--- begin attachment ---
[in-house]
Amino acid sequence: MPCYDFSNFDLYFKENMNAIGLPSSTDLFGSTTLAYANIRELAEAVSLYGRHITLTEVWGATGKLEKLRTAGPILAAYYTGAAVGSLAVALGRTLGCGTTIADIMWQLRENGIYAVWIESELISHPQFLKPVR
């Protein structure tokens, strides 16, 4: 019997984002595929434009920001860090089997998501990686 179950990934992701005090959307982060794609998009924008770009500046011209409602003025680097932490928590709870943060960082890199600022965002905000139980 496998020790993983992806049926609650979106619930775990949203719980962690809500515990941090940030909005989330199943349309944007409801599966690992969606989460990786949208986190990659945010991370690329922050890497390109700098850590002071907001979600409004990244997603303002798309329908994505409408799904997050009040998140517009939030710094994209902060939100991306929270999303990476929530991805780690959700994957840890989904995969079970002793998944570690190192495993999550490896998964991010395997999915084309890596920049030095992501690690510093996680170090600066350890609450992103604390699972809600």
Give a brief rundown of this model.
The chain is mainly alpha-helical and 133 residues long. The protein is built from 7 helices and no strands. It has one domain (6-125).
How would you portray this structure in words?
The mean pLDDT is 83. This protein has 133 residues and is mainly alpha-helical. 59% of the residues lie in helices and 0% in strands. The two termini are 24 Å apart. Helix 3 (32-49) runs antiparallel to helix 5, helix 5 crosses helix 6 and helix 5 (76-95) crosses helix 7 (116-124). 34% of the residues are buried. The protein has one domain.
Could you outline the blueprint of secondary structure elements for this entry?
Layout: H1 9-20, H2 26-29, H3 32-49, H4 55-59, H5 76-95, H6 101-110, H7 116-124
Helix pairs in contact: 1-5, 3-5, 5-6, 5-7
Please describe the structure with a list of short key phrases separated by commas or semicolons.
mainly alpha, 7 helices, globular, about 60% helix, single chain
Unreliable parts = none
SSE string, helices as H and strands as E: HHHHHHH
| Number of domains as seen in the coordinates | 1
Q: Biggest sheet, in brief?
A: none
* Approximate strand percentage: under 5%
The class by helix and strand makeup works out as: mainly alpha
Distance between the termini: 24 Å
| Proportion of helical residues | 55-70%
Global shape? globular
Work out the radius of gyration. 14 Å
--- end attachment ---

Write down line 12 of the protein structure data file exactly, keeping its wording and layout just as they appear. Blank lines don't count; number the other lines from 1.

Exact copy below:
mainly alpha, 7 helices, globular, about 60% helix, single chain